NATO’s Stoltenberg warns Europe against going it alone on defense


by Andrew Gray and Johnny Cotton

BRUSSELS (Reuters) – NATO chief Jens Stoltenberg warned Europe on Wednesday against trying to go it alone on defense after Donald Trump’s comments sparked new debate over whether the continent can rely on security from the United States. Can continue to do.

“The EU cannot defend Europe. Eighty percent of NATO’s defense spending comes from non-EU NATO allies,” Stoltenberg, secretary-general of the North Atlantic Treaty Organization, told Reuters in an interview.

Stoltenberg said it is clear that Europe’s security depends not only on Europe but also on other NATO members such as the United States, Canada, Turkey, Norway and Iceland.

“If you look at the map, it’s clear that all these countries, non-EU allies, are vital to the security of Europe,” he said.

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He said that “any attempt to divide Europe from North America will also divide Europe”. Many European nations, particularly in Eastern Europe, view the US as their primary security guarantor and will resist any move to replace it.

Trump, the former US president and frontrunner to become the Republican nominee in this year’s presidential election, sharply criticized Western leaders for telling NATO members that the US would not defend those who failed to spend enough on defense. Failed and will also encourage them. Russia will attack them.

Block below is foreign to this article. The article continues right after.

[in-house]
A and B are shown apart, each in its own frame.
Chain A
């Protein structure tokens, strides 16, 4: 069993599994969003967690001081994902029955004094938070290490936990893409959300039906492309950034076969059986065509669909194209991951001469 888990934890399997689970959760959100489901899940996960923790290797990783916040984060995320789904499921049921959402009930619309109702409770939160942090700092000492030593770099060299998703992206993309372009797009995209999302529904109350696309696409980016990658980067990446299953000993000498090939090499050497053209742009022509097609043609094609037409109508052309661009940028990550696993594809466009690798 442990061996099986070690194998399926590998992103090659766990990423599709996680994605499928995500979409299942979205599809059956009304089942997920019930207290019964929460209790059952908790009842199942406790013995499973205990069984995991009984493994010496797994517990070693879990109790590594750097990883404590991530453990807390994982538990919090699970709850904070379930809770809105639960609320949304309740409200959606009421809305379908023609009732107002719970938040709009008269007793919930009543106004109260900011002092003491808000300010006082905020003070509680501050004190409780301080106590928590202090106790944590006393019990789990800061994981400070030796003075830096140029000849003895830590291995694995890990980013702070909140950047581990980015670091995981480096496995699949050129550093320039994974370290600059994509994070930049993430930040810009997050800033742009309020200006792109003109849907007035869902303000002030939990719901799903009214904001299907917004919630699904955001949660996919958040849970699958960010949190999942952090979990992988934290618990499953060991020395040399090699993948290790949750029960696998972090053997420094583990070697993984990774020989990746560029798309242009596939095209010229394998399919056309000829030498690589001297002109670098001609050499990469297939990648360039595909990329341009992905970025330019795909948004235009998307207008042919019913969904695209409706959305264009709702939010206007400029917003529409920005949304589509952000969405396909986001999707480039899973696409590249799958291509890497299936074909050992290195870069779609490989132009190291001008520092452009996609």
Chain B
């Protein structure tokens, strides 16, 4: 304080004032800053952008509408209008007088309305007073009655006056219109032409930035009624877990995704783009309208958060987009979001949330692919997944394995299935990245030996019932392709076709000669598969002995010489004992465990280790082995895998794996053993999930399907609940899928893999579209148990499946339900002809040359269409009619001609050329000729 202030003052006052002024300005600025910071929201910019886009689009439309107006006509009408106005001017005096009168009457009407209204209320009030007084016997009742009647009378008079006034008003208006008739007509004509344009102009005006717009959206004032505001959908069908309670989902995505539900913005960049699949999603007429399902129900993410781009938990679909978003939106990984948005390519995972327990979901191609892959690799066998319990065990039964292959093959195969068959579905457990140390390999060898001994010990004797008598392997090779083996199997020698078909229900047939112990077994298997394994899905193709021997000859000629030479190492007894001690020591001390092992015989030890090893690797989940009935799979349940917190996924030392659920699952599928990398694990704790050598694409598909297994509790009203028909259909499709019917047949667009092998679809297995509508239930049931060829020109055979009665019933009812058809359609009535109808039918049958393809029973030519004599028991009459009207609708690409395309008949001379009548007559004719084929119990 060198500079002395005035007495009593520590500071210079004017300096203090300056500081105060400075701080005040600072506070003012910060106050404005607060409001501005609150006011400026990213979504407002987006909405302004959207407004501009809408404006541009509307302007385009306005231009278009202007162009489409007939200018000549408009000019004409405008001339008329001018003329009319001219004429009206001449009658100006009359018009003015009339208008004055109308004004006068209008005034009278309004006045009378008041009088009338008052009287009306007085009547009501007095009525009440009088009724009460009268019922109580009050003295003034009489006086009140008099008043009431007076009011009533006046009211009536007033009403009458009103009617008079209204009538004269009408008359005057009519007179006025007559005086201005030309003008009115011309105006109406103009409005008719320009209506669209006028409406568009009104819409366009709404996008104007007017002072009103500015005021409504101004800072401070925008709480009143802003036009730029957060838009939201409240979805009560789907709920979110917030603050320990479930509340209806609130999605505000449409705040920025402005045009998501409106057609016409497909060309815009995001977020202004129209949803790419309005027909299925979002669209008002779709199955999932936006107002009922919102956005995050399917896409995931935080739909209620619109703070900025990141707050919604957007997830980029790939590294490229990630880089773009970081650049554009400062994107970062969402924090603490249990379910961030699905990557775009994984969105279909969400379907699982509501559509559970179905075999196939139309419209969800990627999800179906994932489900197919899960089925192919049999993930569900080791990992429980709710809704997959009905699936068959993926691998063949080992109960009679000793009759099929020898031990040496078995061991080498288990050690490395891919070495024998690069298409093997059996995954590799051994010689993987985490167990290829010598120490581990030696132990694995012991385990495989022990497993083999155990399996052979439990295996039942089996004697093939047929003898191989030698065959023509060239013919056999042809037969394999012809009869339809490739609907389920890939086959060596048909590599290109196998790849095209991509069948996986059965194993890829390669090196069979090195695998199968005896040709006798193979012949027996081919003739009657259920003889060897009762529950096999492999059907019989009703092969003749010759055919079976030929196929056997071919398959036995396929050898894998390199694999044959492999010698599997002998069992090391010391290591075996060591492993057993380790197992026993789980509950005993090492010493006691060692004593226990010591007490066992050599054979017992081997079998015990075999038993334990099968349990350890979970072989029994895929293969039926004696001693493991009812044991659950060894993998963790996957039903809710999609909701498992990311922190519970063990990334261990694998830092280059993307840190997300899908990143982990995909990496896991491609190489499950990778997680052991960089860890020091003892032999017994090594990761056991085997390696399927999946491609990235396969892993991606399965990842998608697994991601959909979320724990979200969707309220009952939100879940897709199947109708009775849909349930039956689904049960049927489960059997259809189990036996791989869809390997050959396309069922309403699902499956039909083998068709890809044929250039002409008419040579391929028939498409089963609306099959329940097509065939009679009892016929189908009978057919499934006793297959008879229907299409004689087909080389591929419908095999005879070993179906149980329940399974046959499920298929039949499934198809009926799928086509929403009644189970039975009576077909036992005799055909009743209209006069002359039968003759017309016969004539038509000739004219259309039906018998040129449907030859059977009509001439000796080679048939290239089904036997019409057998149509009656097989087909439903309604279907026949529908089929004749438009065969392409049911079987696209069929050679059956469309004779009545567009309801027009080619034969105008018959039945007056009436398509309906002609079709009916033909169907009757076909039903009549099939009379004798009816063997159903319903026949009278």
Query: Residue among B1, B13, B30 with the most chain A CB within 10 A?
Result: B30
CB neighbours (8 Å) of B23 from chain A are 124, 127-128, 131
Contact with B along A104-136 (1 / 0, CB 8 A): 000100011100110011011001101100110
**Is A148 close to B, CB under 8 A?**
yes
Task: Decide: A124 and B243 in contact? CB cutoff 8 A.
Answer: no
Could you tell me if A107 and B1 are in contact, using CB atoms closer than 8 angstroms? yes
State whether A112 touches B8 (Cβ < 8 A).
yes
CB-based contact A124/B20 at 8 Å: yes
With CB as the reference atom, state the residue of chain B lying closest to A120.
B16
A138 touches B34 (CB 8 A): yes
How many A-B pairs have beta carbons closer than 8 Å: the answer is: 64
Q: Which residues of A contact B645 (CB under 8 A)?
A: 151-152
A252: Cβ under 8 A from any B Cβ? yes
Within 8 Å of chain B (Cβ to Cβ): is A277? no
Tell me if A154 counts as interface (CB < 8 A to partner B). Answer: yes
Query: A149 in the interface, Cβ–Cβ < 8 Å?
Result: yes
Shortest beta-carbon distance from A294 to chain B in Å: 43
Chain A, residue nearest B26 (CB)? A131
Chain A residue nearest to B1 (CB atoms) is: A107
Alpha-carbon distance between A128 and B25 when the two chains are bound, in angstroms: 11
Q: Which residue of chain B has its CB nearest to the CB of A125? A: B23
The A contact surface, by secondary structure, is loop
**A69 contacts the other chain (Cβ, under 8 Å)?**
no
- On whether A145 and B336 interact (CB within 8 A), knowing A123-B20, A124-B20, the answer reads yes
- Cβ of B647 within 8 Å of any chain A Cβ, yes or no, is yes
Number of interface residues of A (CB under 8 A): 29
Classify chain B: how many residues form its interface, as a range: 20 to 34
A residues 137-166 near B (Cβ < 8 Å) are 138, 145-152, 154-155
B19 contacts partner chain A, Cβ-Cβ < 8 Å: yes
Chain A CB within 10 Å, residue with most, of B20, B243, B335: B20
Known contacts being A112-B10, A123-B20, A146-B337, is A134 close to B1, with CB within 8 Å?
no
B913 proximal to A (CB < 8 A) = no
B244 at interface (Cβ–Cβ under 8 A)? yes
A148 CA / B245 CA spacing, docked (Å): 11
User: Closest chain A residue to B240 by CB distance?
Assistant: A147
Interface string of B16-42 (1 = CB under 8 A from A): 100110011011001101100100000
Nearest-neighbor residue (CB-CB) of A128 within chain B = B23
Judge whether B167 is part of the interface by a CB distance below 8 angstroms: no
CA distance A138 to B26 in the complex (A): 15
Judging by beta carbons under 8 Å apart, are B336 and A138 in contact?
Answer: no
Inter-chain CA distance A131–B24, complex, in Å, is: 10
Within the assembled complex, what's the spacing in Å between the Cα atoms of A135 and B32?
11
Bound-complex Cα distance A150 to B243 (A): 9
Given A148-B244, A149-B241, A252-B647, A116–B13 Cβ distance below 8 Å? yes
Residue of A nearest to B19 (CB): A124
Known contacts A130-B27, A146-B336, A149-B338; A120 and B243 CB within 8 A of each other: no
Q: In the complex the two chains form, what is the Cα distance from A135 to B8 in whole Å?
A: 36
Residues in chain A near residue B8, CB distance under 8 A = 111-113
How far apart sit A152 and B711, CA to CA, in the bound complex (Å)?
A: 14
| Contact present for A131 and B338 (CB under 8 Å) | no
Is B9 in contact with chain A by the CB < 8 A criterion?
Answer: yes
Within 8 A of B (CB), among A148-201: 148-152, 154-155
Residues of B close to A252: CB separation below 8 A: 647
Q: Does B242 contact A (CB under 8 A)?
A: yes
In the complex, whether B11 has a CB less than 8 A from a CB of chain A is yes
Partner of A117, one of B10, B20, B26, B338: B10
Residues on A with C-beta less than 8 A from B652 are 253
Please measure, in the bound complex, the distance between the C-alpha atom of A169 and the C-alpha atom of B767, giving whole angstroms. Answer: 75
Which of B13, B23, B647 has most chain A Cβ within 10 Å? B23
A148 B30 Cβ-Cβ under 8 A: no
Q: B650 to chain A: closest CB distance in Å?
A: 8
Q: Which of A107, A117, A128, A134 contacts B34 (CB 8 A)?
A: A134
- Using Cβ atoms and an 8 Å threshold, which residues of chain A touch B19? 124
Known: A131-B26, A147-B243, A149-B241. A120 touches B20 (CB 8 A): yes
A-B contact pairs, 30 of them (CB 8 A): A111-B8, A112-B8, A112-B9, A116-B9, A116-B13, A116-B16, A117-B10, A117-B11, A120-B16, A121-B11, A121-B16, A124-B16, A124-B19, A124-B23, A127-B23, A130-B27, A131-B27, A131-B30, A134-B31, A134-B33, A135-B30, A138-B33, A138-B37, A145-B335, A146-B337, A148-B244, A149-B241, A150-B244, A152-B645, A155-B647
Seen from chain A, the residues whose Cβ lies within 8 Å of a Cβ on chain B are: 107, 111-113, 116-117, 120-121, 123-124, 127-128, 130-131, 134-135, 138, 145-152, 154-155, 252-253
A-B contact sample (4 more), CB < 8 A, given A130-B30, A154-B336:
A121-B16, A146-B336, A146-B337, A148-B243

Many European politicians said Trump’s comments were a warning and should serve as an inspiration for Europe to do more to be able to protect itself.

Stoltenberg said European NATO members need to do more to build defense capabilities and that they are doing so. But he said this should happen within the transatlantic framework.

Earlier on Wednesday, he had said that European allies would invest $380 billion in the defense sector this year, taking their spending to an estimated 2% of total GDP in 2024, compared to 1.85% in 2023.

(Reporting by Andrew Gray and Jonny Cotton; Editing by Charlotte Van Campenhout and Mark Heinrich)

Copyright 2024 Thomson Reuters,


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